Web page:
Organic light-emitting device and method of manufacturing the same

Abstract

An organic solar cell and a method of manufacturing the same.

Claims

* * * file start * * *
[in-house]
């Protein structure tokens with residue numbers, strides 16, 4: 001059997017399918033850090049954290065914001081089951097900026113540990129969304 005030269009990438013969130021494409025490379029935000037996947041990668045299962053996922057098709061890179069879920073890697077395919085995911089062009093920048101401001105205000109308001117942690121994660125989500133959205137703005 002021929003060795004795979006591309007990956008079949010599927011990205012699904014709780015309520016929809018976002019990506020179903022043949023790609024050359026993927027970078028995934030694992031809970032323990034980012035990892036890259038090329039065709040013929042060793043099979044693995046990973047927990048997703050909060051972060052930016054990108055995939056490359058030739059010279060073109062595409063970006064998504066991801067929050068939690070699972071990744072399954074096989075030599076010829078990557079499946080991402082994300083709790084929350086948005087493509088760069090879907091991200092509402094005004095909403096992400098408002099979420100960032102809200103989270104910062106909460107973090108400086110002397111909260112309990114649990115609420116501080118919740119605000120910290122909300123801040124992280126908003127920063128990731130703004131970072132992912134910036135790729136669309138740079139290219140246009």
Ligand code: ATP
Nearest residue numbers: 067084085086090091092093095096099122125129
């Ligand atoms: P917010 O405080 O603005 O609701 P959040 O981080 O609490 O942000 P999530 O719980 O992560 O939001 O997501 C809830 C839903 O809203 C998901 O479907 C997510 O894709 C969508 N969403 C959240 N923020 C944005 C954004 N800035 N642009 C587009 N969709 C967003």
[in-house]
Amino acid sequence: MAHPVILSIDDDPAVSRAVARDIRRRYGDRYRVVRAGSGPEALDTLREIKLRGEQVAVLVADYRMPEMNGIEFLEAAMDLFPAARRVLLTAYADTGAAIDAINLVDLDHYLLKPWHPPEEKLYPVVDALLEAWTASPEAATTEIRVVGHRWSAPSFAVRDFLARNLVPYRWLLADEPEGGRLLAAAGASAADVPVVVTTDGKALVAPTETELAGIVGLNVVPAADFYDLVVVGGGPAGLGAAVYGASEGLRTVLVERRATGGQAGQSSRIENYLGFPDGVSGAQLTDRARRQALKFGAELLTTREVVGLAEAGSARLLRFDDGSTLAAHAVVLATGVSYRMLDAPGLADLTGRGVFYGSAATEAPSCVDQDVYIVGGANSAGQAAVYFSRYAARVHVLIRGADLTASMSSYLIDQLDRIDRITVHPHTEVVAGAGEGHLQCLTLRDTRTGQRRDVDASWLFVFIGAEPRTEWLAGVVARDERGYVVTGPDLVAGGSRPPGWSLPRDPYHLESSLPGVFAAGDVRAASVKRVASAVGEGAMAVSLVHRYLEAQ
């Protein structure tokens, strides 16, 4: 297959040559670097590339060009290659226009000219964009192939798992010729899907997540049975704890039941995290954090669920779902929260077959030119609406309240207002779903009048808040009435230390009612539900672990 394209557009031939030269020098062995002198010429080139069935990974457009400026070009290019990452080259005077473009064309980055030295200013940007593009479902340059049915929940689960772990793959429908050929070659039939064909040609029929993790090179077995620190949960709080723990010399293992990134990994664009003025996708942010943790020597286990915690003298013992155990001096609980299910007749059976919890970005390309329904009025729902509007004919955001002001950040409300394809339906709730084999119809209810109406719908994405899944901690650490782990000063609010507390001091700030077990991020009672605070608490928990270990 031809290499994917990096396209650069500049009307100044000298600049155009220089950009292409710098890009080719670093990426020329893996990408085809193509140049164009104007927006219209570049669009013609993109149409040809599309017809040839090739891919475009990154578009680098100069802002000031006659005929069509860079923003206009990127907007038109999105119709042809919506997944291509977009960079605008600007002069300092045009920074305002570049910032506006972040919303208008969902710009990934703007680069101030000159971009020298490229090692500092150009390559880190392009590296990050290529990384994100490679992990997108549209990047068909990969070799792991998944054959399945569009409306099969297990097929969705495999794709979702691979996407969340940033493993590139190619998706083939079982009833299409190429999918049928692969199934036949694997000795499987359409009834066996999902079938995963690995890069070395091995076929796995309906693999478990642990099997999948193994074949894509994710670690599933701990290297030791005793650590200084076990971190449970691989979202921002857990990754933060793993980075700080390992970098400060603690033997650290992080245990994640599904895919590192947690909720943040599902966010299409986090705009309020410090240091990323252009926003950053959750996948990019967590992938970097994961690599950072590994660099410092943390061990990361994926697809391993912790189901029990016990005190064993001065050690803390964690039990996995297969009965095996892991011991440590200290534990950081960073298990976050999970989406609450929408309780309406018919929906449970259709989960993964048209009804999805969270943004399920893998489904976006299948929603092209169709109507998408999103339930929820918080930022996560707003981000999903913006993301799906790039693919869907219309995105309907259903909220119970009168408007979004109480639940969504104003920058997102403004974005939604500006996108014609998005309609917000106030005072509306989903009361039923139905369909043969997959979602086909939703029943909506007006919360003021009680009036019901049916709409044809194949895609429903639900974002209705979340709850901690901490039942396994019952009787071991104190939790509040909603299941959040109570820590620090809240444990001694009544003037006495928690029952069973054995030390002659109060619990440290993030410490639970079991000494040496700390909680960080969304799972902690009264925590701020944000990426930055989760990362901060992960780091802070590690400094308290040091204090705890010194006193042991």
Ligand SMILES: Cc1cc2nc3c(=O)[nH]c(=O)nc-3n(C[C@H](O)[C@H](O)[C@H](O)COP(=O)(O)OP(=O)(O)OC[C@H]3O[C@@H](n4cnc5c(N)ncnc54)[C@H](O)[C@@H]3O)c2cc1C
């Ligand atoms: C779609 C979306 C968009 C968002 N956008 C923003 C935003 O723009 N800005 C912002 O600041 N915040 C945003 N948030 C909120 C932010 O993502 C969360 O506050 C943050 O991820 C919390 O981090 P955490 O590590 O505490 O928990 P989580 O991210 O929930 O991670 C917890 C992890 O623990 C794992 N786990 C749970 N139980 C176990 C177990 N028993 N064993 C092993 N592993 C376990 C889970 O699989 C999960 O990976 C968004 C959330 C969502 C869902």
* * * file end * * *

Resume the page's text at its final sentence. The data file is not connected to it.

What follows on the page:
1 . An organic solar cell comprising: a first electrode; a second electrode; a photoactive layer disposed between the first electrode and the second electrode; and an electron extraction layer disposed between the photoactive layer and the second electrode, wherein the electron extraction layer comprises a polar polymer. 2 . The organic solar cell of claim 1 , wherein the polar polymer has a dipole moment of about 0.3 debye or greater. 3 . The organic solar cell of claim 1 , wherein the polar polymer comprises at least one substituent represented by Formula 1A below: wherein, in Formula 1A, a is an integer from 0 to 10; L 1 is a substituted or unsubstituted C 1 -C 10 alkylene group, a substituted or unsubstituted C 2 -C 10 alkenylene group, a substituted or unsubstituted C 6 -C 20 arylene group, or a substituted or unsubstituted C 3 -C 20 heteroarylene group; p is an integer from 1 to 10; and A 1 is a polar group selected from the group consisting of —OH, —NH 2 , and a group represented by Formula 2A below, wherein, in Formula 2A, B 1 and B 2 are each independently a single bond, a double bond, a substituted or unsubstituted C 1 -C 5 alkylene group, or a substituted or unsubstituted C 2 -C 5 alkenylene group; and X is C or N. 4 . The organic solar cell of claim 3 , wherein L 1 is a phenylene group, a naphthylene group, or an anthrylene group. 5 . The organic solar cell of claim 3 , wherein B 1 and B 2 are each independently a single bond, a methylene group, an ethylene group, a propylene group, or a butylene group. 6 . The organic solar cell of claim 3 , wherein X is N. 7 . The organic solar cell of claim 1 , wherein the polar polymer comprises a repeating unit represented by Formula 3A below: wherein, in Formula 3A, R 1 to R 4 are each independently a hydrogen atom (H), a nitro group (—NO 2 ), a cyano group (—CN), a hydroxyl group (—OH), a carboxylic acid (—COOH) group, a halogen atom, a substituted or unsubstituted C 1 -C 30 alkyl group, a substituted or unsubstituted C 1 -C 30 alkoxy group, a substituted or unsubstituted C 6 -C 30a aryl group, a substituted or unsubstituted C 6 -C 30 arylalkyl group, a substituted or unsubstituted C 6 -C 30 aryloxy group, a substituted or unsubstituted C 2 -C 30 heteroaryl group, a substituted or unsubstituted C 2 -C 30 heteroarylalkyl group, a substituted or unsubstituted C 2 -C 30 heteroaryloxy group, a substituted or unsubstituted C 5 -C 20 cycloalkyl group, a substituted or unsubstituted C 2 -C 30 heterocycloalkyl group, a substituted or unsubstituted C 1 -C 30 alkylester group, a substituted or unsubstituted C 6 -C 30 arylester group, a substituted or unsubstituted C 2 -C 30 heteroarylester group, —N(Q 1 )(Q 2 ), or a substituent represented by Formula 1A below, wherein Q 1 to Q 2 are each independently a hydrogen atom, a C 1 -C 30 alkyl group, a C 6 -C 30 aryl group, or a C 2 -C 30 heteroaryl group; and at least one of R 1 to R 4 is a substituent represented by Formula 1A below: wherein, in Formula 1A, a is an integer from 0 to 10; L 1 is selected from the group consisting of a substituted or unsubstituted C 1 -C 10 alkylene group, a substituted or unsubstituted C 2 -C 10 alkenylene group, a substituted or unsubstituted C 6 -C 20 arylene group, and a substituted or unsubstituted C 3 -C 20 heteroarylene group; p is an integer from 1 to 10; and A 1 is a polar group selected from the group consisting of —OH, —NH 2 , and a group represented by Formula 2A below, wherein, in Formula 2A, B 1 and B 2 are each independently a single bond, a double bond, a substituted or unsubstituted C 1 -C 5 alkylene group, or a substituted or unsubstituted C 2 -C 5 alkenylene group; and X is C or N. 8 . The organic solar cell of claim 7 , wherein R 1 to R 3 are hydrogen atoms, and R 4 is a substituent represented by Formula 1. 9 . The organic solar cell of claim 1 , wherein the polar polymer comprises poly(4-vinylphenol) (PHS) represented by Formula 4A below, polyvinylalcohol (PVA) represented by Formula 4B below, or polyvinylpyrrolidone represented by Formula 4C below: wherein, in Formulae 4A to 4C, n 1 to n 3 are each independently an integer from 10 to 1,000,000. 10 . The organic solar cell of claim 1 , wherein the polar polymer has a weight average molecular weight (Mw) of from about 1,000 to about 90,000,000. 11 . The organic solar cell of claim 1 , wherein the electron extraction layer has a thickness of from about 0.1 nm to about 10 nm. 12 . The organic solar cell of claim 1 , wherein one surface of the electron extraction layer and one surface of the second electrode contact each other. 13 . A method of manufacturing an organic solar cell, the method comprising: forming a first electrode on a substrate; forming a photoactive layer on the first electrode; forming an electron extraction layer comprising a polar polymer on the photoactive layer; and forming a second electrode on the electron extraction layer, wherein the forming of the electron extraction layer comprises forming a first layer from a mixture of the polar polymer and a solvent; and removing at least part of the solvent from the first layer to obtain the electron extraction layer. 14 . The method of claim 13 , wherein the forming of the first layer in the forming of the electron extraction layer is performed using spin coating, inkjet printing, nozzle printing, dip coating, electrophoresis, tape casting, screen printing, doctor blade coating, gravure printing, gravure offset printing, a Langmuir-Blogett method, or a layer-by-layer self-assembly method.